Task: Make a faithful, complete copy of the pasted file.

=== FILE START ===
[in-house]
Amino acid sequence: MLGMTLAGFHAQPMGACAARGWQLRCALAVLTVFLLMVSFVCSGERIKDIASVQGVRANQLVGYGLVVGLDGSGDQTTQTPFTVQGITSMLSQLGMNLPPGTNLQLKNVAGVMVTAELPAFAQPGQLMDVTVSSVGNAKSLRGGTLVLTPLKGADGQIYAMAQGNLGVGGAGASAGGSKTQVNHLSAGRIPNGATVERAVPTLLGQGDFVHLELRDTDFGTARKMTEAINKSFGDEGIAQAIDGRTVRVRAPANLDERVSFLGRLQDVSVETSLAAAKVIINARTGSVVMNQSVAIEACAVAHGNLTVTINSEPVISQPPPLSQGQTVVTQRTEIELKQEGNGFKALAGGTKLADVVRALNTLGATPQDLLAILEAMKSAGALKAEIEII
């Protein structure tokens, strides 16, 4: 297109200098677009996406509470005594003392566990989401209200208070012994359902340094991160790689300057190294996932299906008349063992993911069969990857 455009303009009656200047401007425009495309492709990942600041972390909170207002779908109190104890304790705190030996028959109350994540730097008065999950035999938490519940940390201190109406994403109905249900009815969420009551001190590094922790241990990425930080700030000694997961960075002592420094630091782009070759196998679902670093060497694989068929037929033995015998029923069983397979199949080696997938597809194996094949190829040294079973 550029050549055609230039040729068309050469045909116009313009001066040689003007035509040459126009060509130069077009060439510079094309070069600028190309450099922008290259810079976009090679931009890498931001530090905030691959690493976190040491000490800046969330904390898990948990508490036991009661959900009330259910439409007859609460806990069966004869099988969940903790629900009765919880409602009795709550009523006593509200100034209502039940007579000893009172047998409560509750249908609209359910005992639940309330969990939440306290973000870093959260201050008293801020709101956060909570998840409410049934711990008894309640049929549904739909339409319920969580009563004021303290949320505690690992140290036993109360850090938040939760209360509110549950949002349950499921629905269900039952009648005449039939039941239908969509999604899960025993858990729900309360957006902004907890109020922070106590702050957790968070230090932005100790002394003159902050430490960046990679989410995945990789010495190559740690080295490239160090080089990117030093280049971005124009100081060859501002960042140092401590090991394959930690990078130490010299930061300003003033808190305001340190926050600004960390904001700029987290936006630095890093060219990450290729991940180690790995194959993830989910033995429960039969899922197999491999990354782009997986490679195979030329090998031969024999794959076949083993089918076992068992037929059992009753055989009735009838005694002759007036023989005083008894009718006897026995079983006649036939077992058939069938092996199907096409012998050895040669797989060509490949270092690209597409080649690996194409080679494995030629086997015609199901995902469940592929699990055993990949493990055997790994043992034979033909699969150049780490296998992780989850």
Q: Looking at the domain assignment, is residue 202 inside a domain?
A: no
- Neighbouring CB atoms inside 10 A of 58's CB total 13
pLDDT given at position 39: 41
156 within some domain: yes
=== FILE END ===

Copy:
[in-house]
Amino acid sequence: MLGMTLAGFHAQPMGACAARGWQLRCALAVLTVFLLMVSFVCSGERIKDIASVQGVRANQLVGYGLVVGLDGSGDQTTQTPFTVQGITSMLSQLGMNLPPGTNLQLKNVAGVMVTAELPAFAQPGQLMDVTVSSVGNAKSLRGGTLVLTPLKGADGQIYAMAQGNLGVGGAGASAGGSKTQVNHLSAGRIPNGATVERAVPTLLGQGDFVHLELRDTDFGTARKMTEAINKSFGDEGIAQAIDGRTVRVRAPANLDERVSFLGRLQDVSVETSLAAAKVIINARTGSVVMNQSVAIEACAVAHGNLTVTINSEPVISQPPPLSQGQTVVTQRTEIELKQEGNGFKALAGGTKLADVVRALNTLGATPQDLLAILEAMKSAGALKAEIEII
């Protein structure tokens, strides 16, 4: 297109200098677009996406509470005594003392566990989401209200208070012994359902340094991160790689300057190294996932299906008349063992993911069969990857 455009303009009656200047401007425009495309492709990942600041972390909170207002779908109190104890304790705190030996028959109350994540730097008065999950035999938490519940940390201190109406994403109905249900009815969420009551001190590094922790241990990425930080700030000694997961960075002592420094630091782009070759196998679902670093060497694989068929037929033995015998029923069983397979199949080696997938597809194996094949190829040294079973 550029050549055609230039040729068309050469045909116009313009001066040689003007035509040459126009060509130069077009060439510079094309070069600028190309450099922008290259810079976009090679931009890498931001530090905030691959690493976190040491000490800046969330904390898990948990508490036991009661959900009330259910439409007859609460806990069966004869099988969940903790629900009765919880409602009795709550009523006593509200100034209502039940007579000893009172047998409560509750249908609209359910005992639940309330969990939440306290973000870093959260201050008293801020709101956060909570998840409410049934711990008894309640049929549904739909339409319920969580009563004021303290949320505690690992140290036993109360850090938040939760209360509110549950949002349950499921629905269900039952009648005449039939039941239908969509999604899960025993858990729900309360957006902004907890109020922070106590702050957790968070230090932005100790002394003159902050430490960046990679989410995945990789010495190559740690080295490239160090080089990117030093280049971005124009100081060859501002960042140092401590090991394959930690990078130490010299930061300003003033808190305001340190926050600004960390904001700029987290936006630095890093060219990450290729991940180690790995194959993830989910033995429960039969899922197999491999990354782009997986490679195979030329090998031969024999794959076949083993089918076992068992037929059992009753055989009735009838005694002759007036023989005083008894009718006897026995079983006649036939077992058939069938092996199907096409012998050895040669797989060509490949270092690209597409080649690996194409080679494995030629086997015609199901995902469940592929699990055993990949493990055997790994043992034979033909699969150049780490296998992780989850």
Q: Looking at the domain assignment, is residue 202 inside a domain?
A: no
- Neighbouring CB atoms inside 10 A of 58's CB total 13
pLDDT given at position 39: 41
156 within some domain: yes